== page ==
Sculpture of horseshoe pin ©Lori Kiplinger Pandy

I needed to fabricate some jewelry for the life size sculpture of Fannie Mae Duncan. She was known to wear a double horseshoe pin as well as a large Native American bracelet and ring and ornate earrings. The original jewelry was no longer available and there were not clear photos of the jewelry so it was up to me to make jewelry that would look similar to what she wore but that was also something that could be cast in bronze. That means there needed to be no voids behind the bracelet or earrings so that it cast as part of the overall figure and would be permanent and secure. While these things could be welded on, that could present problems with breakage or vandals in the future so casting as an integral part of the larger sculpture as a whole is the safest bet. Of course that means strategic planning and sculpting to make something appear separate when, in fact, it is not. So just as in the toe clips on the shoes, I am sure to back-fill behind all the jewelry.

I made the pin using gray polymer clay that I imbedded rhinestones into and baked so that it was hard. I glued a pushpin onto the back so that I could secure it to the lapel and then backfilled behind it with additional clay. This will keep the pin secure while the mold is being brushed on.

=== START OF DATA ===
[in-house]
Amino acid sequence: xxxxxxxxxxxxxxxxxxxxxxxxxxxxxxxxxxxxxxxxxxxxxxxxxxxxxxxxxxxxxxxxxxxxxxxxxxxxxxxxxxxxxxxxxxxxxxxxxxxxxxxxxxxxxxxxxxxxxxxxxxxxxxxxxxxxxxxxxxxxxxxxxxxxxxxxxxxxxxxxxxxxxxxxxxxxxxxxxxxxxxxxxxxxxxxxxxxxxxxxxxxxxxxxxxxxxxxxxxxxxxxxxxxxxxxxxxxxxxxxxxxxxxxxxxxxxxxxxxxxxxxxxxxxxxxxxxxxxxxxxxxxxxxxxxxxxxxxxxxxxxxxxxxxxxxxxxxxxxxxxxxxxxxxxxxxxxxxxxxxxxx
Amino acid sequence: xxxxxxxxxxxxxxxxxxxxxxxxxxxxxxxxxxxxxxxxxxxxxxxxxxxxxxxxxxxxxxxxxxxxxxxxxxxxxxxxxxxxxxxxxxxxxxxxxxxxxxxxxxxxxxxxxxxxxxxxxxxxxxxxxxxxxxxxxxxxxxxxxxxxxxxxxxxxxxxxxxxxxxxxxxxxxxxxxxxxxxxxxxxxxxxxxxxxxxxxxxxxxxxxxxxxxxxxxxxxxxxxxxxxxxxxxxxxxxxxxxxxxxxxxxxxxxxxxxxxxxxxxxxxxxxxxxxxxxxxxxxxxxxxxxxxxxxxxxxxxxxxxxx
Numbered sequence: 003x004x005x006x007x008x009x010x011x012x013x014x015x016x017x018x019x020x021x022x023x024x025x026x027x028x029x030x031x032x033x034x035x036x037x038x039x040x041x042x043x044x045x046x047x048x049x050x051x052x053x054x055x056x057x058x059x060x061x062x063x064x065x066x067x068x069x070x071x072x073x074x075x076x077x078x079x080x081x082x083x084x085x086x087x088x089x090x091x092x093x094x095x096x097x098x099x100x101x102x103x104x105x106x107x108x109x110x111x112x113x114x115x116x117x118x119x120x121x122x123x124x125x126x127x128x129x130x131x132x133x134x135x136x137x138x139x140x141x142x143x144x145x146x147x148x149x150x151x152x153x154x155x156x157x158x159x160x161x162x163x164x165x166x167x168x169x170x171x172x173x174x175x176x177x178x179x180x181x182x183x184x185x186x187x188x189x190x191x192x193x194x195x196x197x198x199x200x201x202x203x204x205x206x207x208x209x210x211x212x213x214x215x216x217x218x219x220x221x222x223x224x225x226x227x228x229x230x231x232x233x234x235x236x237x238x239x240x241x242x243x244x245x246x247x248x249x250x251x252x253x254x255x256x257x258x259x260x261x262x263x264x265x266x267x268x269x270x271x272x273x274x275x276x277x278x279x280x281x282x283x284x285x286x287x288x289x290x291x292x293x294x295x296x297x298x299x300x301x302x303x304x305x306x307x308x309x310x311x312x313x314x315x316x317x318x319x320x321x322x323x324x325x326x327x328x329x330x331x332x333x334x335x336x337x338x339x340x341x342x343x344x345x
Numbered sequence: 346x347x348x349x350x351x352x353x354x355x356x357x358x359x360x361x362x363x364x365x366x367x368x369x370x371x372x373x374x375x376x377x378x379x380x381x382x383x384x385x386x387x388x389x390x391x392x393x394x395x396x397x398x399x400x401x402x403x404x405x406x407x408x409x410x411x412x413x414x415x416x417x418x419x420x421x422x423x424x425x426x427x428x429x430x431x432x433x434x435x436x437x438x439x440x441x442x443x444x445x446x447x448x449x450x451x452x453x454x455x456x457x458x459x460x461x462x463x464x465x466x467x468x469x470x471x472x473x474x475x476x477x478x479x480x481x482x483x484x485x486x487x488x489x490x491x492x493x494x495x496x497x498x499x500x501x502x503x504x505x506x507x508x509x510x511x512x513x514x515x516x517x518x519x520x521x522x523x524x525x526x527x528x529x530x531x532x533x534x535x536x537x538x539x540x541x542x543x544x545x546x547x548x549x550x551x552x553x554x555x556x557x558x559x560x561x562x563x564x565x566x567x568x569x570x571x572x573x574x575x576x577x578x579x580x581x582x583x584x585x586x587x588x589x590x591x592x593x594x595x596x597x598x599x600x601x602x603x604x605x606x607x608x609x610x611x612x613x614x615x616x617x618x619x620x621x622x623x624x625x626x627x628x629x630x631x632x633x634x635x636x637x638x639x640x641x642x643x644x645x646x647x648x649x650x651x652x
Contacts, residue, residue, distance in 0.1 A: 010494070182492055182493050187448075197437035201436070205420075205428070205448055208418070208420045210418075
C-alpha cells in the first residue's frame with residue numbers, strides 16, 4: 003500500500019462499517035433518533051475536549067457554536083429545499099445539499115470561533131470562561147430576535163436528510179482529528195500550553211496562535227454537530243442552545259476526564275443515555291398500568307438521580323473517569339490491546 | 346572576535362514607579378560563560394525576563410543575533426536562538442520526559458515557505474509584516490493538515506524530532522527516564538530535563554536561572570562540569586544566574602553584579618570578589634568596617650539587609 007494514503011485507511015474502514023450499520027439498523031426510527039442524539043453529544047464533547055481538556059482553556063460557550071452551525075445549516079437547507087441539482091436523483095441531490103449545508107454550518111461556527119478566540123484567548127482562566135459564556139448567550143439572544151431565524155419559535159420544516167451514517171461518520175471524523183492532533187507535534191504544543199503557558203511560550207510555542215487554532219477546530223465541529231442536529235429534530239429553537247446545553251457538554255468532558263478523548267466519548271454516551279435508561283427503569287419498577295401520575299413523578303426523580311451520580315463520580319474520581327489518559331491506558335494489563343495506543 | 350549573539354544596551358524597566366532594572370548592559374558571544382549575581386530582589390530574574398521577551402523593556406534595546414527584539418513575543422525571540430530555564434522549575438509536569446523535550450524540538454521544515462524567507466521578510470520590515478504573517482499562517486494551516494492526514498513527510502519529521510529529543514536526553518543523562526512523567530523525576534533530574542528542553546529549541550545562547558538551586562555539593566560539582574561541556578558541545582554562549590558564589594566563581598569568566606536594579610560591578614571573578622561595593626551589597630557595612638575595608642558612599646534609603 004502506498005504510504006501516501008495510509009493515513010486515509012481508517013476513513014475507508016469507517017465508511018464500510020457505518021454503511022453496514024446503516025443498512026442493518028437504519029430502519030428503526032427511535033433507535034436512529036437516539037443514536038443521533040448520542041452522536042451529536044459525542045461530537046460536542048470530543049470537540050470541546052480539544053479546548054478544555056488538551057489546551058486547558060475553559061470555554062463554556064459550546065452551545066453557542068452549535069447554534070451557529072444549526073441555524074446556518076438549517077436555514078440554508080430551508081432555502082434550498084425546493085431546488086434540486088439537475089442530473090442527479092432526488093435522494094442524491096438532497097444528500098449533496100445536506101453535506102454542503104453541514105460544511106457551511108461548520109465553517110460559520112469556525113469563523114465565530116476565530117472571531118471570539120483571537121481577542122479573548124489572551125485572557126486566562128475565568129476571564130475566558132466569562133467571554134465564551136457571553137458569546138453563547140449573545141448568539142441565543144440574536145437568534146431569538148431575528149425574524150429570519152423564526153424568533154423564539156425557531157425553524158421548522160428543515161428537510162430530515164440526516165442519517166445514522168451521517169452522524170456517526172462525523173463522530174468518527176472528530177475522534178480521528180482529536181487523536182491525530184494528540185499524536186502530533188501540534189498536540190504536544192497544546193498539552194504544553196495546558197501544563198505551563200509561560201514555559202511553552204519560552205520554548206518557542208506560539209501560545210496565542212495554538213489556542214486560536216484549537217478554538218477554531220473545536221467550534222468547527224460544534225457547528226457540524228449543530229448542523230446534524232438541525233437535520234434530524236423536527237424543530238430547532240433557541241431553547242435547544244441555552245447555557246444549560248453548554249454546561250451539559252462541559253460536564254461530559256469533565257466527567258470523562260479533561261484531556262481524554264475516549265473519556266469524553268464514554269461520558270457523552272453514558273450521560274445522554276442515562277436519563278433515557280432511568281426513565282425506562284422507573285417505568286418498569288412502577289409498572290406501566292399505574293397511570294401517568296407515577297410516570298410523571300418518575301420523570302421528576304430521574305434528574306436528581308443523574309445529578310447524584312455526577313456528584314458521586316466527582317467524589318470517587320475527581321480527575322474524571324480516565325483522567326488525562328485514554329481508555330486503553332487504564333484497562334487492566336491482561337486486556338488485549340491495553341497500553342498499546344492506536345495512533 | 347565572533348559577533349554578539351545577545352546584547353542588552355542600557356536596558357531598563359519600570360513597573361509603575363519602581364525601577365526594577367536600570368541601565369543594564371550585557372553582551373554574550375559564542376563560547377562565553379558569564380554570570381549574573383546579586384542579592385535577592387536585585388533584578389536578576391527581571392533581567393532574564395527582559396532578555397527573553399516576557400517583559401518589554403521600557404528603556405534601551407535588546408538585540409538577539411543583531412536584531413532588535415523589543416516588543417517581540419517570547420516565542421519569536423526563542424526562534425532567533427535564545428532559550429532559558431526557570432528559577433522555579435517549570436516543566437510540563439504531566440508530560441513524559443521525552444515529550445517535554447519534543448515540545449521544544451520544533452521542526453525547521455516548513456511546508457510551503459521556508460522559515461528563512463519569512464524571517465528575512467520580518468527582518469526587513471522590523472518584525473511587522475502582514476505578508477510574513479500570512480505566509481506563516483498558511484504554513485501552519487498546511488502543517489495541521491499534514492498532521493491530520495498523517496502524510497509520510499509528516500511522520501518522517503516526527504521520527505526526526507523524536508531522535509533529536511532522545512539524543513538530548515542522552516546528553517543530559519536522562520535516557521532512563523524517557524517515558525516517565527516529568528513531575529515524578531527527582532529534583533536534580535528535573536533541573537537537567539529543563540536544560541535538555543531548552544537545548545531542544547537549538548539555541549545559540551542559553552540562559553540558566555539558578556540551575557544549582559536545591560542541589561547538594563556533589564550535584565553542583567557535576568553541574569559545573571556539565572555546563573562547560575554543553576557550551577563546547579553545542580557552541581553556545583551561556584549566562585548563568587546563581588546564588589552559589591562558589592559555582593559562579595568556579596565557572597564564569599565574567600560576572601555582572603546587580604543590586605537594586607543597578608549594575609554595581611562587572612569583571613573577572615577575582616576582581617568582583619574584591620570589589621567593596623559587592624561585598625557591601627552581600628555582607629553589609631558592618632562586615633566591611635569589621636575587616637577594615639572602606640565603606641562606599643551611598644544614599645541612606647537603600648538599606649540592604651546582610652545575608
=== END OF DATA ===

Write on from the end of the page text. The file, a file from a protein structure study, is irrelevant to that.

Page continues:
I also made the bracelet from polymer clay and again pinned it to her wrist. To make the bracelet clasp I took some aluminum armature wire and measured and cut 6 equal pieces. Then I used a hammer and a flat piece of metal and flattened the round wire.

Making jewelry for the sculpture ©Lori Kiplinger Pandy

Then I bent the wires into shape following the curve of the arm. After placing the 6 wires (three on each side) I secured and backfilled with clay and refined the arm around them. For the ring I twisted some strands of thin copper wire to made a braid. I then cut the braid and bent it into an oval and filled with a clay “turquoise” stone and also added a flattened wire for the ring band.

Fabricating jewelry for Fannie Mae Duncan Sculpture ©Lori Kiplinger Pandy

The earrings were a bit more complicated. I found a single round earring of mine and making a mold of it I cast two in Forton to be the top section of the earrings that would go on the earlobes. Then, after searching several craft supply stores I found a suitable tear drop shape jewelry fitting that I could use for the dangling part of the earring. I painted these four components the color of the clay to keep them from being distracting while I work. I glued pins to the backs of all of them and secured them to the sculpture. Then I went back and backfilled behind the earrings with clay hair so that they appear to hang freely when in fact they are part of the hair mass.

Fannie Mae Duncan sculpture ©Lori Kiplinger Pandy

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